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bowing to our teachers

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A week ago Chong Go Sunim, our monk-correspondent in Seoul, wrote about the annual Teachers’ Day in Korea …

… when people go to pay their respects to those teachers who’ve had an impact in their lives. Seeing a group middle-aged men, made up of sun-burnt farmers in cheap suits and manicured business men all laughing and joking together, everyone passing by knows they were once fellow students, now come together to greet their old teacher.

My thoughts went to the teachers who’ve made a difference in my life. Several came to mind immediately: my Grade One teacher (Herr Sommer, kind teddy bear of a man, who drove one of the first post-war cars so tiny as to barely contain his large frame) and my doctoral advisor (Carl Leggo, poet from Newfoundland and professor at UBC who, by example, showed me how to write from the heart). And many others in between. Some of them nasty (such as the one we addresses as “Yes, chef!”, the one who had his hands full beating his apprentices whether they’d made mistakes or not) and many loving (such as Chozen and Hogen Bays, my monastic teachers for the last ten years, who’ve nourished my Buddha Nature with such patience). May they all be blessed for their intentions and efforts. May they be happy.

Which teacher do you remember?

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7 responses »

  1. His gentle kindness and willingness to go the extra hundred miles has enabled me to become a Zen Buddhist, a life’s dream, and to go on to fulfill my life. Unassuming and humorous, he accommdated my needs at all times.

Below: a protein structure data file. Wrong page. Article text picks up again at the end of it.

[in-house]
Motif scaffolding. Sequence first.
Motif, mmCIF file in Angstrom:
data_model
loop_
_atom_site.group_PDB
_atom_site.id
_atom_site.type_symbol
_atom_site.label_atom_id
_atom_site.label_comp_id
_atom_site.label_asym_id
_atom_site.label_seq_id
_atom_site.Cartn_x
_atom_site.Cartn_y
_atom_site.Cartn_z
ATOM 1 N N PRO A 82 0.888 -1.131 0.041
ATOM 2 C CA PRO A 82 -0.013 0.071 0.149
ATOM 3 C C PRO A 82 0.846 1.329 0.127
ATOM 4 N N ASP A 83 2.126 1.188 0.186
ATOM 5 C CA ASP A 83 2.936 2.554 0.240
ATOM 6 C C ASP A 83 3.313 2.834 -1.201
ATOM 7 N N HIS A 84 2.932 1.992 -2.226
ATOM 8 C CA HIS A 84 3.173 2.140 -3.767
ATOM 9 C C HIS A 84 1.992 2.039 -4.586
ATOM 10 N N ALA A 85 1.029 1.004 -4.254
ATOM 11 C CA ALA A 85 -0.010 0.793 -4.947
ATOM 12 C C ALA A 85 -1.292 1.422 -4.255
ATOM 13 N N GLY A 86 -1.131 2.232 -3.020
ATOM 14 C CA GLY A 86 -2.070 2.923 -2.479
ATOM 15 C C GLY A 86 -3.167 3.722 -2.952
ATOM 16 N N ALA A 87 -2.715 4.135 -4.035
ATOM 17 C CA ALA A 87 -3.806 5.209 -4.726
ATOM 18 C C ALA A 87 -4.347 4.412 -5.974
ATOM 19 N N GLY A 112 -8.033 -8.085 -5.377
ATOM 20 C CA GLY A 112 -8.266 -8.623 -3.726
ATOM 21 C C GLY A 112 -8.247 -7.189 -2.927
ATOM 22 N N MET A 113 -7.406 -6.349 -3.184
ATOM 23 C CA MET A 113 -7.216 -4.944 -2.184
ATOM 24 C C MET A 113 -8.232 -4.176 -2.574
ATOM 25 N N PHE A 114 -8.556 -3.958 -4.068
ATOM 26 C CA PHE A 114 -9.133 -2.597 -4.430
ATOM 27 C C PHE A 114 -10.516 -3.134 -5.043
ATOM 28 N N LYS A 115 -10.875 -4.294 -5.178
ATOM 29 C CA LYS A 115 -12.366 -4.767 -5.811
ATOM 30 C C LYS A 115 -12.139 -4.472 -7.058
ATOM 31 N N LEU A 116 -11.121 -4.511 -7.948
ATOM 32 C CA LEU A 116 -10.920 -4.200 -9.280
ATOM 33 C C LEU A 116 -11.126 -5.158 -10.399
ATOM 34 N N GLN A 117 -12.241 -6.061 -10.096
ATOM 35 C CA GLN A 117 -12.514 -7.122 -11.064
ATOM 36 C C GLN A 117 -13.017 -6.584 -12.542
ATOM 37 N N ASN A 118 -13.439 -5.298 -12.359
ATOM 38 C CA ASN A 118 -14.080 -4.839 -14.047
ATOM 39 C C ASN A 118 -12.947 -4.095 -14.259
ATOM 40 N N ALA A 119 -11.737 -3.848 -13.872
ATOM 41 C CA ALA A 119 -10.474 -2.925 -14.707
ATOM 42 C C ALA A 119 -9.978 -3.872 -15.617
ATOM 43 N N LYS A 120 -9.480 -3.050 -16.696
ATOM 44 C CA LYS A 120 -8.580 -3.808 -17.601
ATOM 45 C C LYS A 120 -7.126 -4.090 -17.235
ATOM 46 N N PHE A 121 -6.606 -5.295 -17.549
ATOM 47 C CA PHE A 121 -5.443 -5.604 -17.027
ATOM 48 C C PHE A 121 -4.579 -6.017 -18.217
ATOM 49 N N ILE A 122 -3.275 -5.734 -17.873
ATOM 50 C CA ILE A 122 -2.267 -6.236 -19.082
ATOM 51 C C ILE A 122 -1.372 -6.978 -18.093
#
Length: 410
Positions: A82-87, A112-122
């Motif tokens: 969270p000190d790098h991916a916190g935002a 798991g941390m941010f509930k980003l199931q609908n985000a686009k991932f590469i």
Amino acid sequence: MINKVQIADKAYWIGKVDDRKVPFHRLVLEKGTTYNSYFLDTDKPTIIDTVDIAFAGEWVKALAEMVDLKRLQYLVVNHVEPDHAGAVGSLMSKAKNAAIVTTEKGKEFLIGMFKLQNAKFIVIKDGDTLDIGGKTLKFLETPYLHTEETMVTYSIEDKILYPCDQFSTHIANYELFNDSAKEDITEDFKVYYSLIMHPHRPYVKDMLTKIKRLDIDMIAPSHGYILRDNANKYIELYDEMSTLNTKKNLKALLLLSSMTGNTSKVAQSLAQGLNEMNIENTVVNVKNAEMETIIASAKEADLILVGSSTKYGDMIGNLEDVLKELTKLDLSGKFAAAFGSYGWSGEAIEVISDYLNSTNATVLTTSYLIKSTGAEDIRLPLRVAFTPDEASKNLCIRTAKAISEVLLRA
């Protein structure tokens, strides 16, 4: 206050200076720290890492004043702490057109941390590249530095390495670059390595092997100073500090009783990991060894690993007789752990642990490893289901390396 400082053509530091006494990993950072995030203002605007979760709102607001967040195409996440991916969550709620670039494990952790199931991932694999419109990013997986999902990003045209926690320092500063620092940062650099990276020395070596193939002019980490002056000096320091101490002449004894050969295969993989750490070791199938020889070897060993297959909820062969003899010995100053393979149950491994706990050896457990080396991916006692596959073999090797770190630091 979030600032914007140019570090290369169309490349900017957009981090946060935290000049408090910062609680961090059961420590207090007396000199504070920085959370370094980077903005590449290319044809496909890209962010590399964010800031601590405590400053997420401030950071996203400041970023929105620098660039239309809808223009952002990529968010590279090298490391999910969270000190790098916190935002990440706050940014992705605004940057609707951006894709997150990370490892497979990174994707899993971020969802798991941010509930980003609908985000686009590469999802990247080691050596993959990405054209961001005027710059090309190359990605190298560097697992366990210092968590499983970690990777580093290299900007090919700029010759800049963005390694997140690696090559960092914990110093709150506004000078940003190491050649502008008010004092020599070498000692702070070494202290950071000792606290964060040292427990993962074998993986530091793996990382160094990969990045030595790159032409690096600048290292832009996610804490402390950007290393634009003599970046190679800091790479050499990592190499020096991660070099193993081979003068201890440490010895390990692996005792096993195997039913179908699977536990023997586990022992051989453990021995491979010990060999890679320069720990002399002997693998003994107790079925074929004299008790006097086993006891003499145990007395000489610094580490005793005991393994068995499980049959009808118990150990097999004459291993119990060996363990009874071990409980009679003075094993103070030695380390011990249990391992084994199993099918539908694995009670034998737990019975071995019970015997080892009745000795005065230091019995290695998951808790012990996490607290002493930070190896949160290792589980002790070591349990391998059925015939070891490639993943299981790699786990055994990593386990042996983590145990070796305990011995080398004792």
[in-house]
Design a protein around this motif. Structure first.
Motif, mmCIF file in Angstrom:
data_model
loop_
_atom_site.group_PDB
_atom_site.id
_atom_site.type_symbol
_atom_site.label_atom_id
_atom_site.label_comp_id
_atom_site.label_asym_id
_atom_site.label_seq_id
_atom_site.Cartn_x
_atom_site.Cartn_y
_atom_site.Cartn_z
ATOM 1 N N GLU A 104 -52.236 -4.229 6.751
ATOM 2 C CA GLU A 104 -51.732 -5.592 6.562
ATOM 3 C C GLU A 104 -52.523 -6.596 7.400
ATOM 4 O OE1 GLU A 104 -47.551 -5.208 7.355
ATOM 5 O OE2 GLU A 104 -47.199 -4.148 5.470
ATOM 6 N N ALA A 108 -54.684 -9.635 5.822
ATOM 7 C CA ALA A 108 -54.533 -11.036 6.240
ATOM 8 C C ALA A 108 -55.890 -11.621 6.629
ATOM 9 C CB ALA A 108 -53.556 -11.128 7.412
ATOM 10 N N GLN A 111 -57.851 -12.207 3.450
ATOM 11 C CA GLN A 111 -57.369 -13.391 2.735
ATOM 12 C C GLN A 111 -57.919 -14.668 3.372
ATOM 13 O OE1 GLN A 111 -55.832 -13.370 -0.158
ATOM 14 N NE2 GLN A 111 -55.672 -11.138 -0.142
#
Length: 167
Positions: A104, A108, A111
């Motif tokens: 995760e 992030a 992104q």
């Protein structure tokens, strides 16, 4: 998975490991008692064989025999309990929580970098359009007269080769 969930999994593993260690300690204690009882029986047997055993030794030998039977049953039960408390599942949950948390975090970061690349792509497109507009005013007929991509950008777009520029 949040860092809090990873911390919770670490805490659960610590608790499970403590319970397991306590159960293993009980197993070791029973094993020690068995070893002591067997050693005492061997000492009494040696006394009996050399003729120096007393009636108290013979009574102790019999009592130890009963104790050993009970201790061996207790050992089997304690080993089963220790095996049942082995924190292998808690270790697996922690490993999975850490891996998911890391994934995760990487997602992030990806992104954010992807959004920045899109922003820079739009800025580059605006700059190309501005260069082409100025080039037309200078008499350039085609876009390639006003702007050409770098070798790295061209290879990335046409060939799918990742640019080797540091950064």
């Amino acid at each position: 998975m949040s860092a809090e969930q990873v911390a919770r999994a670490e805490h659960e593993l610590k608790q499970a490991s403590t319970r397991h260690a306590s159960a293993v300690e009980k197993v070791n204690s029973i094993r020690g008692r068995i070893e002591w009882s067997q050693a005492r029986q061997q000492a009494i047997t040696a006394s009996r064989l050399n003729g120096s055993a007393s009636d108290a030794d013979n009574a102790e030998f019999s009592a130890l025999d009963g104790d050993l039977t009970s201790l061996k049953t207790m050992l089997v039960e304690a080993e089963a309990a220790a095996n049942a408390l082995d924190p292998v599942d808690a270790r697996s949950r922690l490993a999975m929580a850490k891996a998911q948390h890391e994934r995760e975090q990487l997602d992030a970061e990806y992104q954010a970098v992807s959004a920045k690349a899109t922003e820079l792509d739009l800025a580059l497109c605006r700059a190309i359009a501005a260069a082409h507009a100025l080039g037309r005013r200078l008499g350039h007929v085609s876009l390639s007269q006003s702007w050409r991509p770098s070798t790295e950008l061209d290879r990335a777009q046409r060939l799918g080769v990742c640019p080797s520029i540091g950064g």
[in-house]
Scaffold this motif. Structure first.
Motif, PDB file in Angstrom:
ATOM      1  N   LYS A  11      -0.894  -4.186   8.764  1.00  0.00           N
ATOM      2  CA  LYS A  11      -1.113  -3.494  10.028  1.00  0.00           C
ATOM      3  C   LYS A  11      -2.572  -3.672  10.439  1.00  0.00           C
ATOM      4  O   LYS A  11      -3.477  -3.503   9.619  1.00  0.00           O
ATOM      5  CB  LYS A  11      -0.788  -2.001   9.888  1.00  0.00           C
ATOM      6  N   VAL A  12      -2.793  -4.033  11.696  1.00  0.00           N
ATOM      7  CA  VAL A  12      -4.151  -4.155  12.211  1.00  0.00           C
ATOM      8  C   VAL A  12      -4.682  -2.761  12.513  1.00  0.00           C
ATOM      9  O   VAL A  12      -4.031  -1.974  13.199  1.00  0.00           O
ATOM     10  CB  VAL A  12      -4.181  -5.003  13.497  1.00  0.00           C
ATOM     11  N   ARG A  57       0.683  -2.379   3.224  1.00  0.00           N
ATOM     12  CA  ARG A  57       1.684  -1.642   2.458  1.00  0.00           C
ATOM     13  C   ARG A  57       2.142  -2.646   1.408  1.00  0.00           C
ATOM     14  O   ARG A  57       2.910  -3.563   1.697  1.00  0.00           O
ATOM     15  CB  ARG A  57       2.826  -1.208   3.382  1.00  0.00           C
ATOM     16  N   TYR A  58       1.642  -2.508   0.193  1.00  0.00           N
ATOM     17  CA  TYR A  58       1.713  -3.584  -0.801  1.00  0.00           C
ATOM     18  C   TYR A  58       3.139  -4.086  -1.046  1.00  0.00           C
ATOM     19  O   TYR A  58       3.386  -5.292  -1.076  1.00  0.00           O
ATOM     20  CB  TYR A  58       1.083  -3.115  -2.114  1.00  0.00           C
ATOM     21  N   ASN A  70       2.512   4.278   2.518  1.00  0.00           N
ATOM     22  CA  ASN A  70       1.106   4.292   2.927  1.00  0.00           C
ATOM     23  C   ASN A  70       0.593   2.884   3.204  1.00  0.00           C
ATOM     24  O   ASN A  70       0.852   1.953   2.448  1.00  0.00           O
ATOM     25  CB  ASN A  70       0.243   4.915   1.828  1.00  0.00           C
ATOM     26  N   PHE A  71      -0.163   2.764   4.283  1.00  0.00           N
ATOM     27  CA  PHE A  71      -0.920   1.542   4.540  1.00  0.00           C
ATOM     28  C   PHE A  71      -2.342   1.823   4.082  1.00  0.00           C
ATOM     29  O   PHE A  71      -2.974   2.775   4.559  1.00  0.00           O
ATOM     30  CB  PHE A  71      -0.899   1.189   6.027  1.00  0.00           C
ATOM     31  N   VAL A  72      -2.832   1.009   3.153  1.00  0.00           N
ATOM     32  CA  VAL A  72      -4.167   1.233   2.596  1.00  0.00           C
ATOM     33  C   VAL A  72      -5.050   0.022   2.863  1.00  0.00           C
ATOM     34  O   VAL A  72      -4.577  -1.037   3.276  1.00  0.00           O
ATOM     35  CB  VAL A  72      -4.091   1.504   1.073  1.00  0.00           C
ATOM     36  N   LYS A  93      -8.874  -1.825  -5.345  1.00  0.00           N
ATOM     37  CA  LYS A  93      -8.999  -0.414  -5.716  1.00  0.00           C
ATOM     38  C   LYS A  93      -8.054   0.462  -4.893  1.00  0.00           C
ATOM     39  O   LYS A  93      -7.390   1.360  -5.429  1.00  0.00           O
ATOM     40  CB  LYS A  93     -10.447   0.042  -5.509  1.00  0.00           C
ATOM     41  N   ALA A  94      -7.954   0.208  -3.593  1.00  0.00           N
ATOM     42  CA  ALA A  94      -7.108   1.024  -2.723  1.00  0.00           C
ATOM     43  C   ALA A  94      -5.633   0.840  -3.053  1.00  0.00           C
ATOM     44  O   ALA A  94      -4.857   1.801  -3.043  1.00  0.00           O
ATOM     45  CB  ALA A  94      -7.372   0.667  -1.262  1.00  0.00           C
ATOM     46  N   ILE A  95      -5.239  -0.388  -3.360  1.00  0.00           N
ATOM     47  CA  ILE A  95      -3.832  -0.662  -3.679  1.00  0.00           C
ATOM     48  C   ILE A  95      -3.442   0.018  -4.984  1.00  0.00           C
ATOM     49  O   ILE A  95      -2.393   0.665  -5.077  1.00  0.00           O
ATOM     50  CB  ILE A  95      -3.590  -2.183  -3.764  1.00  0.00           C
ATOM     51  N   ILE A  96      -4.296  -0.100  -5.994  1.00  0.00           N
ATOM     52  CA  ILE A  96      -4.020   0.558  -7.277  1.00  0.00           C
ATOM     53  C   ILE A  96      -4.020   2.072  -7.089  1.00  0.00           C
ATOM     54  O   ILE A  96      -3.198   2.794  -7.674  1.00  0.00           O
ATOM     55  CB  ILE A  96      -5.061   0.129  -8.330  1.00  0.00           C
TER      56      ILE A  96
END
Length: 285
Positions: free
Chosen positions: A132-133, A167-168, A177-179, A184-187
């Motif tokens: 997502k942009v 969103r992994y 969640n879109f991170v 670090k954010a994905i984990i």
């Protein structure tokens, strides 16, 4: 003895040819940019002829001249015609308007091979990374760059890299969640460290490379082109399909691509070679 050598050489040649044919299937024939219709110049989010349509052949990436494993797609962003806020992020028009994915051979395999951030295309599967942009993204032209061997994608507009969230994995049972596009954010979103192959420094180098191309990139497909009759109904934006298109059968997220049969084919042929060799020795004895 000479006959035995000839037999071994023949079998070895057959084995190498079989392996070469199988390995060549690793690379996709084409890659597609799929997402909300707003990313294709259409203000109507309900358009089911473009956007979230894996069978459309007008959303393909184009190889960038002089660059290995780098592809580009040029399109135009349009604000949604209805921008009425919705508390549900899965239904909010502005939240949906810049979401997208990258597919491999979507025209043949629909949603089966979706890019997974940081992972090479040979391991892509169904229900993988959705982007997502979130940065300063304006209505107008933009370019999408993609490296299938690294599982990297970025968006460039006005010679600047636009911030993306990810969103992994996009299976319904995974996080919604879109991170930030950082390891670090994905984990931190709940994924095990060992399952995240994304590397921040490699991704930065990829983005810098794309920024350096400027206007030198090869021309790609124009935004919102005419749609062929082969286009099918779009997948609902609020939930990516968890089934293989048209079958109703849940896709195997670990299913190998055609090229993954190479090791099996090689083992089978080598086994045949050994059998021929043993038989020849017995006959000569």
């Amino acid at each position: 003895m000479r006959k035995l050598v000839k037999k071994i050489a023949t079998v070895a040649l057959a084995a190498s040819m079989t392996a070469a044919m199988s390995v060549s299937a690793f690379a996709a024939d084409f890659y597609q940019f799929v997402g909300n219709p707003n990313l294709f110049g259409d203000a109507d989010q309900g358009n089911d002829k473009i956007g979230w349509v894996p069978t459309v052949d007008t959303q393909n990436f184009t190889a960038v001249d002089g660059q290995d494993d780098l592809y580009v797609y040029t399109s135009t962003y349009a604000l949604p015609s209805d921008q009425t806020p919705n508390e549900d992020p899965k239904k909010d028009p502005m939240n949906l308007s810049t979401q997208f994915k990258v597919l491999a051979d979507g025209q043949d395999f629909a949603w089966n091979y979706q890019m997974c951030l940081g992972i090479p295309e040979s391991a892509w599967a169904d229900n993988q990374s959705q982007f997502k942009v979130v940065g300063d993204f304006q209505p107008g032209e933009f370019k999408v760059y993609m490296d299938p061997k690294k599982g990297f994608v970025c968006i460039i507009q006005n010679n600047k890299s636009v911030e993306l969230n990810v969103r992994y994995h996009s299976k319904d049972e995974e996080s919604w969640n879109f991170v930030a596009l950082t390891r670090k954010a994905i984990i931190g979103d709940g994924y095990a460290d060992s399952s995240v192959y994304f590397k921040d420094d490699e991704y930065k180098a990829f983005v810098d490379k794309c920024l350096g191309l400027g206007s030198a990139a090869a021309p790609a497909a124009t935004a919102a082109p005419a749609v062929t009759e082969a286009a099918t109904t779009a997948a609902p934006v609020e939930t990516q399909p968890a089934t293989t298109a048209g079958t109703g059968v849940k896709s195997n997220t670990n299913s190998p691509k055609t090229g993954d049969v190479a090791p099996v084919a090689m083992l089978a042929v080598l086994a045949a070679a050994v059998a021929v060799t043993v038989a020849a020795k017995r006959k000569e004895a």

Gassho Tesshin,
    Kokyo

    [editor’s comment: Rev. Tesshin James Smith is with the Atlantic Soto Zen Center in Nova Scotia at http://atlanticsotozencenter.com/Default.php.%5D

    Reply
  2. As i was going about my business today, i was thinking of who has guided and influenced my life;
    my grandmother was my very first thought; she died when i was 14…and left me the legacy of truly living her faith in a very simple and loving way that touched many peoples lives around her;
    my friend, Baba, who introduced me, 30 yrs ago, to another world in India; the world of sadhus, temples, devout faith, simplicity of life;
    helen, who founded windsor house alternative school, still thriving 30 years later; she showed me her dedication and passion for children and families,and
    provided a place for my son to receive a non-coercive education;
    and you, peter…with your commitment to service, helped to introduce me to the world of meditation, monasteries, and Buddhist truths.

    Reply
  3. The one I remember the most from school was Joyce Watts. Concealed under the frail, elderly disguise of a tough middle-school teacher was a former “rosie the riveter” and an open, warm spirit. Later I realized that she put on a stern front for middle-school students (anyone would be insane not to, imo!), and I think I confused this with conservative. She drew me out and was a warm person to talk with before class, and surprised me, when seeing my budding interest in Buddhism, by bringing me “The Way of Zen” by Allen Watts, and “The Three Pillars of Zen.” I liked the “Three Pillars” so much that she gave it to me with an inscription. That she had these on her bookshelf in this conservative, rural backwater, was my first inclination that the wrinkles concealed more of a free thinker than I’d guessed. Later, having moved, I sent her flowers, at my mom’s urging, for which I am very grateful. I still wish I’d stayed in touch with her.